Updated: February 10, 2019 6:00:56 am
Some people are allergic to peanuts, others to cats or rubber gloves. But I’m allergic to a particular question. One that’s lobbed at me with frustrating regularity, usually accompanied by a righteous shake of the head: “What’s the moral of your story?”
This query may seem innocuous to the world at large — but to writers of children’s books in India, it’s a toxic trigger. One that gets us puffing, ranting and gnashing our teeth. A reaction that I experienced soon after my first book was published about six years ago.
But let me begin at the beginning.
A long time ago, I was a journalist. Then my three daughters came along and I spent a few years doing potato-mashing-and-potty- analysing duty. Which probably explains why, when I eventually returned to my computer, what popped out was a book for children.
It was relatively easy to find the words; it was not too tricky to find a publisher. But what was enormously difficult was to find readers. “Grab every opportunity to spread the word,” my publishers urged and I acquiesced. After all, I was in the first flush of motherhood. The Six Spellmakers of Dorabji Street (2013) was my new baby — and it didn’t even need 14 nappy changes a day.
When a neighbour suggested that I set up stall at a conference he was organising, I agreed. I didn’t ask what the conference was for — I assumed it was connected with books or children.
I assumed wrong. It was a medical conference for naval doctors.
The venue was lined with stalls featuring liquids, microscopes and advanced technologies connected with the heart, the brain, the teeth. And there was I, with my sheepish expression and copies of my book.
When the conference broke for lunch, the doctors, officers and naval spouses took a chakkar of the stalls. Most goggled at me. But a tall, imperious woman stopped to peer. A group of junior officers trailed in her wake.
The woman examined the book intently. “Is this for children?” she asked.
“Yes,” I mumbled.
“What does it teach?” she demanded. “Any math concepts? Any science concepts?”
“No. It’s just a story…”
“Oh, a story…,” she exhaled. “In that case, what’s the moral of the story?”
“It is an adventure story,” I mumbled. “About six children in a building in Colaba who…”
“But children’s books should always have morals, don’t you think?” the woman exhorted before stalking away. The young officers indicated their agreement and moved away as well, leaving me with a sense of dismay, rage and bewilderment.
Over the years, these feelings have grown. For while that was the first time I encountered my bugbear, it certainly wasn’t the last. Even today, after seven books, countless book readings and workshops, I field this question again and again. I still have no answer because I don’t agree with the question.
It’s not just me. Every time a bunch of Indian writers for children meets, we fulminate over this peculiar obsession. “What’s with all these parents?” we wonder. “Why can’t children just read for pleasure? Why must every book teach a lesson?”
“It’s only in India,” somebody will chime in. “Nowhere else are you asked this question.” This is probably true.
If you go on Google and type “adventure stories” or “horror stories”, you get books and websites from around the world. But if you type in “stories with morals”, 80 per cent of the results are Indian.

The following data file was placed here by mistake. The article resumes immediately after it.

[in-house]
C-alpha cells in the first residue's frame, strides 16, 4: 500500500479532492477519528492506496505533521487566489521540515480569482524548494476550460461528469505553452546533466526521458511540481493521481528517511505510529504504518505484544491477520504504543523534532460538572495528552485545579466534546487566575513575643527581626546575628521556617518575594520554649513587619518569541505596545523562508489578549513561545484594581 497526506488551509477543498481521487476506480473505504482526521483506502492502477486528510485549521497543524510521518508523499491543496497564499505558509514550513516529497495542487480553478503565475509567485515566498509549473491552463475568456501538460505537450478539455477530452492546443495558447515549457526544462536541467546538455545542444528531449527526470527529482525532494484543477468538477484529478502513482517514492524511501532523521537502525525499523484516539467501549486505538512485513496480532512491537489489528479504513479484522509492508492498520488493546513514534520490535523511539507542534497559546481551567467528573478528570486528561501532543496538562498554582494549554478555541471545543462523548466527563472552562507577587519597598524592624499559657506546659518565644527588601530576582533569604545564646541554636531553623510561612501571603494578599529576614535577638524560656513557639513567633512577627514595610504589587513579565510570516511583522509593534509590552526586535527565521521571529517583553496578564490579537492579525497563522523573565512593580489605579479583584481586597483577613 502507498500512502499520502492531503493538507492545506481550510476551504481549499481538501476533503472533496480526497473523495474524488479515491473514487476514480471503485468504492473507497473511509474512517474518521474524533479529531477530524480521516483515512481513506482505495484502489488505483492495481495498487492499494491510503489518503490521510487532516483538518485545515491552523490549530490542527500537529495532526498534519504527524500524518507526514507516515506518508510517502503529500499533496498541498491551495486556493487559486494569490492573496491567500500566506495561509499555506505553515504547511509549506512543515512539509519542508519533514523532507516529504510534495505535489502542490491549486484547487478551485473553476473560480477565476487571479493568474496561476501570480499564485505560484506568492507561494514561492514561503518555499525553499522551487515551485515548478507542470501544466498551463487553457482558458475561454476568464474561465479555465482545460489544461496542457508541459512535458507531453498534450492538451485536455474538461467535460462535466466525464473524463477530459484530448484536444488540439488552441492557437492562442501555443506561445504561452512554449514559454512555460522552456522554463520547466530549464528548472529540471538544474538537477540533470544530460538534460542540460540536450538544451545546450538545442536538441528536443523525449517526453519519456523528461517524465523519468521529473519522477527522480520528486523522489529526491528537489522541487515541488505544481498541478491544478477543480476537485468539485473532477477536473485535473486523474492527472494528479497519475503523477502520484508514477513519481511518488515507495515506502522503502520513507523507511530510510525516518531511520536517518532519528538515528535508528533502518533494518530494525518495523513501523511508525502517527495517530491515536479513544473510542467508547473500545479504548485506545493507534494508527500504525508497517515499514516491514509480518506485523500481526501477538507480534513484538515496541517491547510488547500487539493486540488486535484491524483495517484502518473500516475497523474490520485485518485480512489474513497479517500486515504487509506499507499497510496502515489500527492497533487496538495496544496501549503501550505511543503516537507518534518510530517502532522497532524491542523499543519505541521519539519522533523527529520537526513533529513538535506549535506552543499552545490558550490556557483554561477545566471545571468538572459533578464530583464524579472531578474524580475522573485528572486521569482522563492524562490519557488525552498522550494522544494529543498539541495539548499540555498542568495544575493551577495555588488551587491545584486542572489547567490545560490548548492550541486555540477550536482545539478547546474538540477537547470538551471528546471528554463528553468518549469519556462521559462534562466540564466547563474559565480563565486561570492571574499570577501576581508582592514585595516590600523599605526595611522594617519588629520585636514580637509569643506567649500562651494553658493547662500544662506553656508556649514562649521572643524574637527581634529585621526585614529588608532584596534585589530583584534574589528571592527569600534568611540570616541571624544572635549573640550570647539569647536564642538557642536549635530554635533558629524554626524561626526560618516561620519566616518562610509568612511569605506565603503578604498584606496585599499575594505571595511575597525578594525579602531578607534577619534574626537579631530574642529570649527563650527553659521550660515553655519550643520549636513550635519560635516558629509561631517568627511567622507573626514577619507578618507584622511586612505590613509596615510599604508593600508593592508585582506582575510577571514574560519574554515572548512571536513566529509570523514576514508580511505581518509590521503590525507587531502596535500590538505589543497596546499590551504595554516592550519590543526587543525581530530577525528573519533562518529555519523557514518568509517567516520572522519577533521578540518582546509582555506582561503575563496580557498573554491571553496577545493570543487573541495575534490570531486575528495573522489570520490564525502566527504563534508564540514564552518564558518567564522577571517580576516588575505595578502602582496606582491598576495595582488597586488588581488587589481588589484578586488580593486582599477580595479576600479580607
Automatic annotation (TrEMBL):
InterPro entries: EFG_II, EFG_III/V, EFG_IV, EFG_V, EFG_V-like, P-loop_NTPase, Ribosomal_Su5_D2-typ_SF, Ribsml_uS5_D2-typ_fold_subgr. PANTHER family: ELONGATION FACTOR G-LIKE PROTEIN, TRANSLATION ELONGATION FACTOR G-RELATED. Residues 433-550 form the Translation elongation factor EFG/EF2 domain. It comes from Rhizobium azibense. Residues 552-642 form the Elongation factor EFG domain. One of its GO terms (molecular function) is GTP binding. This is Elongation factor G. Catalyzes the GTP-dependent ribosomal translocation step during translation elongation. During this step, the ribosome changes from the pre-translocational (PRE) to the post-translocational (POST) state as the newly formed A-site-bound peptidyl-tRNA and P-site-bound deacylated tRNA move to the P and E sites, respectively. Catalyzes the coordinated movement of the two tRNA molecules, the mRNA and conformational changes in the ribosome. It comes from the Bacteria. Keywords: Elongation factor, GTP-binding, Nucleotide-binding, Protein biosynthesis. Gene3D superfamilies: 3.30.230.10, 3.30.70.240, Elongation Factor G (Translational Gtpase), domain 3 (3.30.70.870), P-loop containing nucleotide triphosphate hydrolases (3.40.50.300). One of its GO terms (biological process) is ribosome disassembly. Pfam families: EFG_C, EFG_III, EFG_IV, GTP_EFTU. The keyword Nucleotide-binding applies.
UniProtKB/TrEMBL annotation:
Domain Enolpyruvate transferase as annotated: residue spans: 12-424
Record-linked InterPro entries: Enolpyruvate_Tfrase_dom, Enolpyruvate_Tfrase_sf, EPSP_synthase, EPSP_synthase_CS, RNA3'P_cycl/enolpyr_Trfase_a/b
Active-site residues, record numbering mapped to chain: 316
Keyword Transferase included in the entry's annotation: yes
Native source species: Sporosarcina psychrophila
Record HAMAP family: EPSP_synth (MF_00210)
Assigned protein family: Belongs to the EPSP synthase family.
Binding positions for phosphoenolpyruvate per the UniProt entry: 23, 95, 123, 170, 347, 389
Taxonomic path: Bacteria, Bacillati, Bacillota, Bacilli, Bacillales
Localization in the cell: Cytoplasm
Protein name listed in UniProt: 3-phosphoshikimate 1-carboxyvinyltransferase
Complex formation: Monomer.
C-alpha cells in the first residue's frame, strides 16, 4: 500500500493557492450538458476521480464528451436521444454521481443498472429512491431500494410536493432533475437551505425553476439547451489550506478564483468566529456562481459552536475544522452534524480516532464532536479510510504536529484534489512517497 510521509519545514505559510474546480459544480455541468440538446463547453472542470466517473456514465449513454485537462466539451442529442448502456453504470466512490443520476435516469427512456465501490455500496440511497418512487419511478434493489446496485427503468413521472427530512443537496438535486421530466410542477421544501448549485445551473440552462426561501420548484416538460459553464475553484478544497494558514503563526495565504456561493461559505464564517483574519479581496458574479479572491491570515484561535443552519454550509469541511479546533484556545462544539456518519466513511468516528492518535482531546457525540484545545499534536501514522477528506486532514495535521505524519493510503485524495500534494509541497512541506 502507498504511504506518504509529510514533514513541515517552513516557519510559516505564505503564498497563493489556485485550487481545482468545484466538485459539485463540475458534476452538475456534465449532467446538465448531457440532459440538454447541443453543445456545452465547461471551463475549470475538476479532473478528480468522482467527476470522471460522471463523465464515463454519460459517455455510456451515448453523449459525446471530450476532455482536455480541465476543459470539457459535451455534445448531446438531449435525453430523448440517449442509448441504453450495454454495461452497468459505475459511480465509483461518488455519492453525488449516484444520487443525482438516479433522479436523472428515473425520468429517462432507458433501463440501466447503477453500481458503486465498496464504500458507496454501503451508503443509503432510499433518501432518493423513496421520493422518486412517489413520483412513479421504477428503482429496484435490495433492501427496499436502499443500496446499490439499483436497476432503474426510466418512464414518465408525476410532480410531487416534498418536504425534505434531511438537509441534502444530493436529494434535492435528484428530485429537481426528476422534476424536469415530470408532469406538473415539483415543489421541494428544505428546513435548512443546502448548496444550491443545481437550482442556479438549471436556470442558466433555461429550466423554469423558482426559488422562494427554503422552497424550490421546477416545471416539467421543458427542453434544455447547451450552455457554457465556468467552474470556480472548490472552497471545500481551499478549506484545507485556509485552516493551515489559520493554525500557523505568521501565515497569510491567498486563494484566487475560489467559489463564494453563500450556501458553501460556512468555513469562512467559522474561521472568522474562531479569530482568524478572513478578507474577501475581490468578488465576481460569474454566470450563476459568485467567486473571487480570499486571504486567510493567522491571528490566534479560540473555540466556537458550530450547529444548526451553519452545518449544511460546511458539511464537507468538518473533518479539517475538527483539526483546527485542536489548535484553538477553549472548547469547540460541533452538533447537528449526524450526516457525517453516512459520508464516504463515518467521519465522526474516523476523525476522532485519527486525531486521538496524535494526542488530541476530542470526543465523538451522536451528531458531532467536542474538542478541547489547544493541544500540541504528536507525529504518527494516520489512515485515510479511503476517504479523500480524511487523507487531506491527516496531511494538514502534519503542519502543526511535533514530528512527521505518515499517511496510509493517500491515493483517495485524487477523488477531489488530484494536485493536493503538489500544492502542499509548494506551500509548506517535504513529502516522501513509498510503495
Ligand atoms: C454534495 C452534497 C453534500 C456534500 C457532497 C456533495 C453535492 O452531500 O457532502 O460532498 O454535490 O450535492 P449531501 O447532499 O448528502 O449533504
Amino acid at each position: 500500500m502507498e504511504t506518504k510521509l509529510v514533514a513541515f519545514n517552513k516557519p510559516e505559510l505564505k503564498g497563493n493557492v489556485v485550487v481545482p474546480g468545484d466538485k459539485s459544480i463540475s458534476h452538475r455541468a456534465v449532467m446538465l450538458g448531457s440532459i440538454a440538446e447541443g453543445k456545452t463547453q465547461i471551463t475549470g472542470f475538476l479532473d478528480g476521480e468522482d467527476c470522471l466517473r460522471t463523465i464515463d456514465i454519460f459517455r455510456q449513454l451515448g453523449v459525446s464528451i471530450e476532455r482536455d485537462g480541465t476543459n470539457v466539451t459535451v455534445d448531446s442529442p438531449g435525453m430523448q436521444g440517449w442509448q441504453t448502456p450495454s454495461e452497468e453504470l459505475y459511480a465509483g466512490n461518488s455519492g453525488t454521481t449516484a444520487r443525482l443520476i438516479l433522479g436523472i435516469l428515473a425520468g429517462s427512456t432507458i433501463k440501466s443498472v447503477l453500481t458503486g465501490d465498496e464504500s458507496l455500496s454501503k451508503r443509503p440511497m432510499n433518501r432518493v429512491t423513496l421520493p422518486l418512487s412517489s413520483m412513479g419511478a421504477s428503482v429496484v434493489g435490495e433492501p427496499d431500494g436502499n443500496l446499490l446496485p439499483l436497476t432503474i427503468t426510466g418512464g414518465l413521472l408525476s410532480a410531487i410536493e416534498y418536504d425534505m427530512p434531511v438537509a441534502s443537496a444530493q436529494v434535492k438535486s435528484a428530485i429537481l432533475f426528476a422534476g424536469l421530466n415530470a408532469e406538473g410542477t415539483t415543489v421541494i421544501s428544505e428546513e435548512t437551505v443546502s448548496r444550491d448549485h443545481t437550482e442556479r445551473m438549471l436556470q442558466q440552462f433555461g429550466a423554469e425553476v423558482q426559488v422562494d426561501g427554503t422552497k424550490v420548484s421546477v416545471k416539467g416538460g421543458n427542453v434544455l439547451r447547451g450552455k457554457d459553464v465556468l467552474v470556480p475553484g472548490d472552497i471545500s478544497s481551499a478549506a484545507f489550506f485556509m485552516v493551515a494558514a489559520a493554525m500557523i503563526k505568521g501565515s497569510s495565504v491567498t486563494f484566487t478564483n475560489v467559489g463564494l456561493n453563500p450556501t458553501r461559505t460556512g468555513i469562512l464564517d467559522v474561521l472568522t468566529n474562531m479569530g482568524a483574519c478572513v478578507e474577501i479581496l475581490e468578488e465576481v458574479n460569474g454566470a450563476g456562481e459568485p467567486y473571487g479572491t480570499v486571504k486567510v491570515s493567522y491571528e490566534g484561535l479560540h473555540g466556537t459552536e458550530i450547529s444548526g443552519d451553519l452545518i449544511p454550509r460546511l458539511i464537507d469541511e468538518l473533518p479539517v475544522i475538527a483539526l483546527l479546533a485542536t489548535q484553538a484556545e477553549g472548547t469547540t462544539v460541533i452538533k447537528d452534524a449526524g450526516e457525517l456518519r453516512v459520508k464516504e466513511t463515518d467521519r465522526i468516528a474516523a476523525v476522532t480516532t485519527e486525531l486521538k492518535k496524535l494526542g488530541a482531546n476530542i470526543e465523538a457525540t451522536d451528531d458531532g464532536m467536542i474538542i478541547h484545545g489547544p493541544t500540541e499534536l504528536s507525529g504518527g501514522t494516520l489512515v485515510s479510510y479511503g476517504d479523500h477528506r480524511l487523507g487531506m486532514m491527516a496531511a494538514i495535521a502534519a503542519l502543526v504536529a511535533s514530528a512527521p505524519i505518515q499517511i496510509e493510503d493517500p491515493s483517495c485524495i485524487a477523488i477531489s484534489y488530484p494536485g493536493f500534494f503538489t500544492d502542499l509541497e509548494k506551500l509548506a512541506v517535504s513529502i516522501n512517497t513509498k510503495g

This says something rather frightening about us as parents. It says that we are unwilling to leave our children alone with their imaginations for even a few hours of the week. That we expect every single activity to yield tangible results — if not a certificate, then at least a crash course in morals and values.
It also says that we are unwilling to trust our children to navigate complexity and to arrive at their own conclusions. Which is why we want every story safely tied with a ribbon that announces “Slow and steady wins the race” or “United we stand, divided we fall”.
It’s almost as though it’s fine to bribe cops and fudge facts, as long as we eventually hand our children a book that announces: Honesty is the best policy.
As a writer of fiction, I protest. To squeeze an entire book — with its shades and subtleties — into one trite, simplistic line is to rob it of magic and power. Fiction possesses the incredible ability to transport children across space and time. To take them to the First Indian War of Independence in 1857. Or a distant planet. Or a future in which food and oxygen are prizes for which we must fight.
Through stories, children encounter other children in circumstances far removed from their own. They realise — over many books peopled with many characters and set in many different worlds — that people are people. Wherever they are, they feel happy and sad. They hate and they love and they dream.
“Empathy” and “diversity” are the two great buzzwords of the moment. There are few better ways to understand them than to read books that make you stand in the shoes of others. That compel you to arrive at your own conclusions about what is black, what is white and what ping-pongs somewhere in the middle.
A moral reduces a complex narration into a processed and packaged sentiment. It’s a bit like giving your children a Vitamin C supplement rather than allowing them to enjoy a fresh, juicy, messy orange.
Children don’t need messages in capsules. They need to wander through the dark forests and twisty staircases of fiction. To get lost and then eventually find their ways — without the dubious aid of neon signposts.
This article originally appeared in print with the headline ‘What’s the Moral of the Story?’
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